John Merris: In fact, I feel like my employees are really my customers. And our customers, Sola stoves, customers, and solo brands, customers are the customers of our employees. And so treating my employees the way that I want my employees to treat customers is a big part of winning. And we’ve been very focused on building an amazing team over here.
John Merris: That’s then been able to go and generate incredible experiences for our customers.
Ken Ojuka: Yeah, I love, I love those points. Do you have an example of using speed as a differentiator? You know, the audience, you know, it’s typically is some, entrepreneurs as well, and they’re looking at doing some of these things with their own brands, you know, I mean, I’m curious if you have an example maybe around a product or marketing of how you were able to use that principle.
John Merris: Yeah. I mean, with products, you know, it’s just a matter of. Getting products to market faster and iterating more quickly. And that means failing fast. I’m not making it perfect right out of the gate or trying to make it perfect right out of the gate, but getting your ideas to market and getting people, using them and testing them so that you can then get to a viable product that you can launch faster.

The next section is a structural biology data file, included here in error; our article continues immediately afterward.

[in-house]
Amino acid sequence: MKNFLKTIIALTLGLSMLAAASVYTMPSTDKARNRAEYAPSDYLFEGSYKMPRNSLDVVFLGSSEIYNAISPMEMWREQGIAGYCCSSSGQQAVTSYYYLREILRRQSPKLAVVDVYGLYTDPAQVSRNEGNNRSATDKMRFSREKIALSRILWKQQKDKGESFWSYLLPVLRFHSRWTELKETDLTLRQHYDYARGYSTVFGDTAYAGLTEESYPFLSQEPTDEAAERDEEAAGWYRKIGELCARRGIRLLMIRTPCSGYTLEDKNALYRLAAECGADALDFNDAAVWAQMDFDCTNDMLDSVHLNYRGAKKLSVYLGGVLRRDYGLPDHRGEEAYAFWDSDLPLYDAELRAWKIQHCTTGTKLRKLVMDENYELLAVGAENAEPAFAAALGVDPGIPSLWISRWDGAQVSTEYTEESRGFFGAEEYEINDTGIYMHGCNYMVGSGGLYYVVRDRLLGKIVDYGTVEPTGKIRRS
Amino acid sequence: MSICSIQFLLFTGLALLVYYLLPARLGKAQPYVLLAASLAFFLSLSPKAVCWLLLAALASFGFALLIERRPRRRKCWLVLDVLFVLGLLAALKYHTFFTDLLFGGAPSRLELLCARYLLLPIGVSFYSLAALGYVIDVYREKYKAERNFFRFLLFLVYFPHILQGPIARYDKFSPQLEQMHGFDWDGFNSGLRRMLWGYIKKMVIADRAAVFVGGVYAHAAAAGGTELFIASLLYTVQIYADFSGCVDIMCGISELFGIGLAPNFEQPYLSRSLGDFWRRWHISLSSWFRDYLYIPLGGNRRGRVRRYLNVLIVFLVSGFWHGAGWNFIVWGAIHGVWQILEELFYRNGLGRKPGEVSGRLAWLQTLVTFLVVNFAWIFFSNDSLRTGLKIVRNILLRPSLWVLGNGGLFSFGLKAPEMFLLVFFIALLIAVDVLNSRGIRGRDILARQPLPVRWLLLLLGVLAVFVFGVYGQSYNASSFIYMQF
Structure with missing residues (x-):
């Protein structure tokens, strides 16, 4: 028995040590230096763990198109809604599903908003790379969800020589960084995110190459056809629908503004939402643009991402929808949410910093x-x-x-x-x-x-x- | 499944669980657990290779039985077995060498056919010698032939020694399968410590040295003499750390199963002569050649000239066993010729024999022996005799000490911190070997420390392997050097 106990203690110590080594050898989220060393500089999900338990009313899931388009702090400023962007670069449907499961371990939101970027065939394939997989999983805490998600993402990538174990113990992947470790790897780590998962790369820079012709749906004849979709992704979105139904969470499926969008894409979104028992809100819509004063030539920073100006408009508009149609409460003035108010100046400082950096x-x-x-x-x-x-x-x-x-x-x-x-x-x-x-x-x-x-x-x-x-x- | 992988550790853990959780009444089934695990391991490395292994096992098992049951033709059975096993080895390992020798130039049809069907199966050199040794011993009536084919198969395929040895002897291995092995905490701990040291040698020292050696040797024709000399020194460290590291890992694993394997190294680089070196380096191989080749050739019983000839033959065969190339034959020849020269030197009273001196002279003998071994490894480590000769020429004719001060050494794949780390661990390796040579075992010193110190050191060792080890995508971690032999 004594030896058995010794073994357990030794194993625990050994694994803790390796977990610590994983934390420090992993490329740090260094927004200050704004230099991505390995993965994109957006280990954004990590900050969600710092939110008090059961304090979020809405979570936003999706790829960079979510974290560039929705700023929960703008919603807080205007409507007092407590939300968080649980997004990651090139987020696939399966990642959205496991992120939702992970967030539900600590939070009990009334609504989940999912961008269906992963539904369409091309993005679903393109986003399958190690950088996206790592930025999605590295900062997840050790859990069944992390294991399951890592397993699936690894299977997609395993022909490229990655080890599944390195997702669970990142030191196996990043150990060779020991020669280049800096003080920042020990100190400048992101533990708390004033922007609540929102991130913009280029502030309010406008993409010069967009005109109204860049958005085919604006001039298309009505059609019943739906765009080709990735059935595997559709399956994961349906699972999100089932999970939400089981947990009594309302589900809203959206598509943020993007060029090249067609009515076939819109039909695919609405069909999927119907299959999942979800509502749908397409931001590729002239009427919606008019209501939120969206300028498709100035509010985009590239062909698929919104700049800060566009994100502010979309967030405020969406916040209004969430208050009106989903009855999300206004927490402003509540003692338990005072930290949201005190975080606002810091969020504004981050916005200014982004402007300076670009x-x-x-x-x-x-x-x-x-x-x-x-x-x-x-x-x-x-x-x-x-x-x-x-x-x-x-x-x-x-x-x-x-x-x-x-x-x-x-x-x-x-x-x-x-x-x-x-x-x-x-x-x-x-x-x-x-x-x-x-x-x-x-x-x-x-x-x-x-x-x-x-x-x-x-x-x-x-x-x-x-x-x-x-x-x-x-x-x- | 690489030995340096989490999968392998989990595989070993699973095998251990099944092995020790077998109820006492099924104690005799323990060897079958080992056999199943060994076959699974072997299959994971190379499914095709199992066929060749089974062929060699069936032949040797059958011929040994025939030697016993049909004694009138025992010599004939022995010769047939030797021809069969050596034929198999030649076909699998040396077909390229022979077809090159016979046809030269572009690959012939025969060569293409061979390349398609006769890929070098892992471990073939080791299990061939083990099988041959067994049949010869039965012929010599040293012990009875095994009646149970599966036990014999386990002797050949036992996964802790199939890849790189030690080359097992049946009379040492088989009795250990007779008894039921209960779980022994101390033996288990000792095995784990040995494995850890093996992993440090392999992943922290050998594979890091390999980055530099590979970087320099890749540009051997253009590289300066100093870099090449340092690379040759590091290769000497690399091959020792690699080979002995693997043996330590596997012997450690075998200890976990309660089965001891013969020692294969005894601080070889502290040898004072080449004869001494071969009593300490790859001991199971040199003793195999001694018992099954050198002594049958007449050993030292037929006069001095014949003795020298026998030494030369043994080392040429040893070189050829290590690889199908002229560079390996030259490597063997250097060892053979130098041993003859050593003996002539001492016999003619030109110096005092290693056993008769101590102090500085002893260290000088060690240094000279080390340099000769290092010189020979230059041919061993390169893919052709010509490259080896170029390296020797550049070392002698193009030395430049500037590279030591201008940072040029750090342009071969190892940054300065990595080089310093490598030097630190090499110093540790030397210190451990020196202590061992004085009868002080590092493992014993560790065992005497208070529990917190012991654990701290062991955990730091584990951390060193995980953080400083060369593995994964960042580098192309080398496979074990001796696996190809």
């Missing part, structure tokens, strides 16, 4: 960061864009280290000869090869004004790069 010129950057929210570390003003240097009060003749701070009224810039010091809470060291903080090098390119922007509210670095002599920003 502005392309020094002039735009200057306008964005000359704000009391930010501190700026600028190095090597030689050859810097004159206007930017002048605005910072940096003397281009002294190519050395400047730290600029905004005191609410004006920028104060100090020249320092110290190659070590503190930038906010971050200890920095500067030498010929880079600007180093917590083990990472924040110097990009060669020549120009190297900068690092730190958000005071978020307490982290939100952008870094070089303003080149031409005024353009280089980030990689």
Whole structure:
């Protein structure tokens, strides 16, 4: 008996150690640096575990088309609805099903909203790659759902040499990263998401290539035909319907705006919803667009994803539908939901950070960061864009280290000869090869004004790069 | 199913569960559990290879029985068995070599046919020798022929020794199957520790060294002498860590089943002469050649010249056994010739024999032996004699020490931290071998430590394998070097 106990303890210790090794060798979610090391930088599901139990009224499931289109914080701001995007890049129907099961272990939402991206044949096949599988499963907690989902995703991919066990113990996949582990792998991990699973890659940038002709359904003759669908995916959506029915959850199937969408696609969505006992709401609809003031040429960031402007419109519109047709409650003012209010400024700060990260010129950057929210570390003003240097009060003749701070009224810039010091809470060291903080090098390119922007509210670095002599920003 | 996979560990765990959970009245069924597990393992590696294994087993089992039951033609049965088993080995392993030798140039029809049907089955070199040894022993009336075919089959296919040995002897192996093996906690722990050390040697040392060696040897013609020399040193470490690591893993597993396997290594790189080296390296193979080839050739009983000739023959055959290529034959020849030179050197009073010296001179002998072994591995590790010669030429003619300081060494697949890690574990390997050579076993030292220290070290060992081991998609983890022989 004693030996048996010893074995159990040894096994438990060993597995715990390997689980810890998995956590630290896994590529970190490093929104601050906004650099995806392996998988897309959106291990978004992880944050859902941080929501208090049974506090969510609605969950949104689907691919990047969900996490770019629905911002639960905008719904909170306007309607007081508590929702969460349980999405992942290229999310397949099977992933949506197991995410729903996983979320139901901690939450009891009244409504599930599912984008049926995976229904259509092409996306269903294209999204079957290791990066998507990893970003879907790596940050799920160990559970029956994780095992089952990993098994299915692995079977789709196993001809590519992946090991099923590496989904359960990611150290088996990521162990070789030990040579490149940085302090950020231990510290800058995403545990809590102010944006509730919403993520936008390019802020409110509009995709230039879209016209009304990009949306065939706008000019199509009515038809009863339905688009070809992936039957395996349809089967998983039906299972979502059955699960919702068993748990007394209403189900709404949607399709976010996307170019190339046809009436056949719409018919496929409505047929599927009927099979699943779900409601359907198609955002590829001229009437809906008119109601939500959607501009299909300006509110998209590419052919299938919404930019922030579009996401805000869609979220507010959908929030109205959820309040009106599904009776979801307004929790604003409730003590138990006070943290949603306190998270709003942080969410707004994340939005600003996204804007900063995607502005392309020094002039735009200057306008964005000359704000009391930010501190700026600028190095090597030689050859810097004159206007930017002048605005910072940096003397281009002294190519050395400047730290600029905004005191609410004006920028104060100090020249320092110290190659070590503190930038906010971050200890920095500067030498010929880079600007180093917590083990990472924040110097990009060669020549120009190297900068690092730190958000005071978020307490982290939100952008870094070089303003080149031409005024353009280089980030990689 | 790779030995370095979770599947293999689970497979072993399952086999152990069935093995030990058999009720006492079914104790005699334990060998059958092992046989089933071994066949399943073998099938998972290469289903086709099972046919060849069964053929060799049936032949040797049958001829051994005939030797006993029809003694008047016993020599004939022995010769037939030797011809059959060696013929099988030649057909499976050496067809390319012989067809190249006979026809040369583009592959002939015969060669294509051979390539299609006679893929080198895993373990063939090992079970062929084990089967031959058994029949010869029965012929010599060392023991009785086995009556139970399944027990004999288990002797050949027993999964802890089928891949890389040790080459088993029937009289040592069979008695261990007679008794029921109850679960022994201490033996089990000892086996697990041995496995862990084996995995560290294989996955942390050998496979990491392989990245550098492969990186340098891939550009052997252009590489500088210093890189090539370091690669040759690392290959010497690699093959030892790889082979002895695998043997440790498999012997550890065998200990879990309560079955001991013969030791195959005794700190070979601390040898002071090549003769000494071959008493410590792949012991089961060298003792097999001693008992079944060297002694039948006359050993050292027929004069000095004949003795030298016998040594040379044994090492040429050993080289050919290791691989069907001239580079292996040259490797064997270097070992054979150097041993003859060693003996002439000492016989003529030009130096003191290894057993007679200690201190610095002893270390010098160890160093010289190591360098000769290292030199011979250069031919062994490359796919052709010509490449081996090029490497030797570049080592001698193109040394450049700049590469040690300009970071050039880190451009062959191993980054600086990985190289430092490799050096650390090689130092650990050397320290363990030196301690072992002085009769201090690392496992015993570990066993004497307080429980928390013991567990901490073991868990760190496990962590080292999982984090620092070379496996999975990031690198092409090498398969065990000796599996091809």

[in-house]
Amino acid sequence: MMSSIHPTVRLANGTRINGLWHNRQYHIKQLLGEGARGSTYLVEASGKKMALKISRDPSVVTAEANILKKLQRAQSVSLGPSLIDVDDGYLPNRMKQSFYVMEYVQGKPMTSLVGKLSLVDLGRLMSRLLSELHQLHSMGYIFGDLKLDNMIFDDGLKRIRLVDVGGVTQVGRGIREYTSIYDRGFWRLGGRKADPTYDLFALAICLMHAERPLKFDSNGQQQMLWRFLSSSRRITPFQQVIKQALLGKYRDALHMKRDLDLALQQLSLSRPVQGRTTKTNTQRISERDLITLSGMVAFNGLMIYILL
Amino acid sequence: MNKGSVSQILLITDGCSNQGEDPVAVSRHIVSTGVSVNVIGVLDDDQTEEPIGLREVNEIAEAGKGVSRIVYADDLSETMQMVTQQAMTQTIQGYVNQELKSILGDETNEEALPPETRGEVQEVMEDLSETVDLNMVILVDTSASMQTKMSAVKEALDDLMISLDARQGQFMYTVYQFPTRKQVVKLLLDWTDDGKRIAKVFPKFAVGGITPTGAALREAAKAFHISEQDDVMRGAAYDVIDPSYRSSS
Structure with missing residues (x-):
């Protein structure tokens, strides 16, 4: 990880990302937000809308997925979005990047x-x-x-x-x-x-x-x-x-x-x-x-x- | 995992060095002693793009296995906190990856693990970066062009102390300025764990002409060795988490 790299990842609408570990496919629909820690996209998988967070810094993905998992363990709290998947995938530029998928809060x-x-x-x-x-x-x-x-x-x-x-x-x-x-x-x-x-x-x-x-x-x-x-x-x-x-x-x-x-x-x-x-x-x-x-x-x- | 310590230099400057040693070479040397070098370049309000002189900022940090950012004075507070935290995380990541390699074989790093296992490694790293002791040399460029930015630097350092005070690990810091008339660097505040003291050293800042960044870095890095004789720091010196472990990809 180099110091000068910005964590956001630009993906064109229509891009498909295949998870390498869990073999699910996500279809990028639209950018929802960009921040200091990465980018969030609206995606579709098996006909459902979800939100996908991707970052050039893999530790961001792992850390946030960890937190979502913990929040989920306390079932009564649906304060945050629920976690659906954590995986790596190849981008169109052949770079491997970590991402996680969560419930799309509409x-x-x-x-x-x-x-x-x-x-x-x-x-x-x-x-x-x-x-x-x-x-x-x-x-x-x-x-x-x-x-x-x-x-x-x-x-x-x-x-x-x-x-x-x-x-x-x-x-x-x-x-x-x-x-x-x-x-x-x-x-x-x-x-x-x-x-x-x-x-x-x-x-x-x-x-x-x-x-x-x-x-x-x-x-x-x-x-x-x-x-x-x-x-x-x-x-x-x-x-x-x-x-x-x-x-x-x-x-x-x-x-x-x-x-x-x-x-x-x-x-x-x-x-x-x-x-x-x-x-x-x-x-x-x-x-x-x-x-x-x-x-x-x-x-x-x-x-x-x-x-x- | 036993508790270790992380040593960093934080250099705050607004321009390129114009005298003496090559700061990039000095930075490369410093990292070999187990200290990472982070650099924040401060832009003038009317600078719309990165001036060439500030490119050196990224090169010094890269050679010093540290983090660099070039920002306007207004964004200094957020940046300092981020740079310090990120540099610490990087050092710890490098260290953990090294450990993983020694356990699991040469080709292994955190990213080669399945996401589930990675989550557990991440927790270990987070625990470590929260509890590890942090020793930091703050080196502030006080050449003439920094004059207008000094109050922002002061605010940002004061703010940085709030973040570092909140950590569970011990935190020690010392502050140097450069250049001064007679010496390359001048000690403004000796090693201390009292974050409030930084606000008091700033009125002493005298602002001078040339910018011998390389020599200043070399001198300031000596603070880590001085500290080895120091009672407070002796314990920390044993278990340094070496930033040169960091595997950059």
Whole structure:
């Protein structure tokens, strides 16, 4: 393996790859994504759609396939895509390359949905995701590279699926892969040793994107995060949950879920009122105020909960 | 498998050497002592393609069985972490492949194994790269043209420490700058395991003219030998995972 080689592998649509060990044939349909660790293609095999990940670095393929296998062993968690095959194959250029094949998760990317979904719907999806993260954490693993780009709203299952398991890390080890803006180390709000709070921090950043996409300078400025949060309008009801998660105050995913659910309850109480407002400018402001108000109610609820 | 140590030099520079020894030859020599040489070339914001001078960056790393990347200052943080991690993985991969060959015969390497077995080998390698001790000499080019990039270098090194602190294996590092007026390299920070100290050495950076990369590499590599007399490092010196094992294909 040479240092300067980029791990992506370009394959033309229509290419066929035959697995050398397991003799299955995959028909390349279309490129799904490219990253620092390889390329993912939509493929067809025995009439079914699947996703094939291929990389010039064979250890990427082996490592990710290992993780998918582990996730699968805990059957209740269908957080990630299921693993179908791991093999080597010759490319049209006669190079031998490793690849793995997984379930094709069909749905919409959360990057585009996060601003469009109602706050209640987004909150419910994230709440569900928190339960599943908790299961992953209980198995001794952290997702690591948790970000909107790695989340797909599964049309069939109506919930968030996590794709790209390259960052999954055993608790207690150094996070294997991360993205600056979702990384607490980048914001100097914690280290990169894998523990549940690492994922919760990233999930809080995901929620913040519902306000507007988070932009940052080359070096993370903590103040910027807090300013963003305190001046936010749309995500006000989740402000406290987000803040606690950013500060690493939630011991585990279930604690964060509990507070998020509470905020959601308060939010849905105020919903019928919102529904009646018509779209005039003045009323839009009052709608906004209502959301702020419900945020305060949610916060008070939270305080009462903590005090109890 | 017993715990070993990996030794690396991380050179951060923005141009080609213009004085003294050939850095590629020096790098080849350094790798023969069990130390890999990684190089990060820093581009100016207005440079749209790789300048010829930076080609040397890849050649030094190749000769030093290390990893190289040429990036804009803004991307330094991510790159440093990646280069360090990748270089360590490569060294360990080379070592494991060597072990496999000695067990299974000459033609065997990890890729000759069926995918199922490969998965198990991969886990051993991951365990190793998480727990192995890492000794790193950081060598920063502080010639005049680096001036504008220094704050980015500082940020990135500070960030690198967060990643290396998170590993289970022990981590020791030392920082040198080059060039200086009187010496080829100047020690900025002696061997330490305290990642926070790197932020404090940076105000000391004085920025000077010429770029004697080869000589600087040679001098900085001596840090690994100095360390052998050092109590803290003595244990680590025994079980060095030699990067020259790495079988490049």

John Merris: We’ve done that consistently as a brand over the last several years, and then on the. On the operation side, I talked a little bit about bringing warehousing and fulfillment in house, but one really good example of speed, is just before the holidays of 2018, when our three PL partners were not, delivering from an experience standpoint and from a service level standpoint for our customers.
John Merris: And we went to them and said, Hey, it’s gotta be better. And their response was. Sorry, this is as good as it’s going to get. And so we responded with, well, if it doesn’t get better, we’re going to have to do it ourselves. And they said, good luck. They didn’t think there was any chance that we would stand up an operation before the holidays, to execute and ship products on our own.
John Merris: We were able to pull that off and ultimately deliver a much better customer experience, but in the end it actually ended up saving us a lot of money, by doing the fulfillment ourselves. So not only did we get it. A better customer experience, but we actually saved the time when in the process. And today we operate an extremely successful warehousing and fulfillment operation globally.
John Merris: So now we have six different warehouse and fulfillment locations across the country, Canada, Europe, and Mexico. And, that’s made us tremendously competitive and created some modes around our business that make it hard for others to compete with.
Ken Ojuka: So senior guys are doing a lot of online advertising.
Ken Ojuka: And it seems like the direct to consumer, you know, part of your business is pretty strong. Do you have any, anything that you could share around that and your, you guys’ philosophy around direct to consumer and this.